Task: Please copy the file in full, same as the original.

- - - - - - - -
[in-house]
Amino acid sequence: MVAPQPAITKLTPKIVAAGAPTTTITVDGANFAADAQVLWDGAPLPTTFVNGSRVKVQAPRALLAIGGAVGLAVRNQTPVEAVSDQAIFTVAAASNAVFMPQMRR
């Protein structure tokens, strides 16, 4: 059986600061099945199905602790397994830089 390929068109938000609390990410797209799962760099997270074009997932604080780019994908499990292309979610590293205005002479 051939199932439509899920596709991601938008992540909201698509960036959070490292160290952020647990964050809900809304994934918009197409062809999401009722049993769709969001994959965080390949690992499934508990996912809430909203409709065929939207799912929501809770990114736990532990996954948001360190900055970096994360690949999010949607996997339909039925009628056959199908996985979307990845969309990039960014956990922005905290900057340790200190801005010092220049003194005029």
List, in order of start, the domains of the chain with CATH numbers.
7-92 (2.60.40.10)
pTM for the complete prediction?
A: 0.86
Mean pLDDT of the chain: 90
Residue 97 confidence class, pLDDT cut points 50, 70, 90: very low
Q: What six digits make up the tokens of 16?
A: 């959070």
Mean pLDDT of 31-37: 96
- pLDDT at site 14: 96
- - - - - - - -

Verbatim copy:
[in-house]
Amino acid sequence: MVAPQPAITKLTPKIVAAGAPTTTITVDGANFAADAQVLWDGAPLPTTFVNGSRVKVQAPRALLAIGGAVGLAVRNQTPVEAVSDQAIFTVAAASNAVFMPQMRR
């Protein structure tokens, strides 16, 4: 059986600061099945199905602790397994830089 390929068109938000609390990410797209799962760099997270074009997932604080780019994908499990292309979610590293205005002479 051939199932439509899920596709991601938008992540909201698509960036959070490292160290952020647990964050809900809304994934918009197409062809999401009722049993769709969001994959965080390949690992499934508990996912809430909203409709065929939207799912929501809770990114736990532990996954948001360190900055970096994360690949999010949607996997339909039925009628056959199908996985979307990845969309990039960014956990922005905290900057340790200190801005010092220049003194005029």
List, in order of start, the domains of the chain with CATH numbers.
7-92 (2.60.40.10)
pTM for the complete prediction?
A: 0.86
Mean pLDDT of the chain: 90
Residue 97 confidence class, pLDDT cut points 50, 70, 90: very low
Q: What six digits make up the tokens of 16?
A: 């959070």
Mean pLDDT of 31-37: 96
- pLDDT at site 14: 96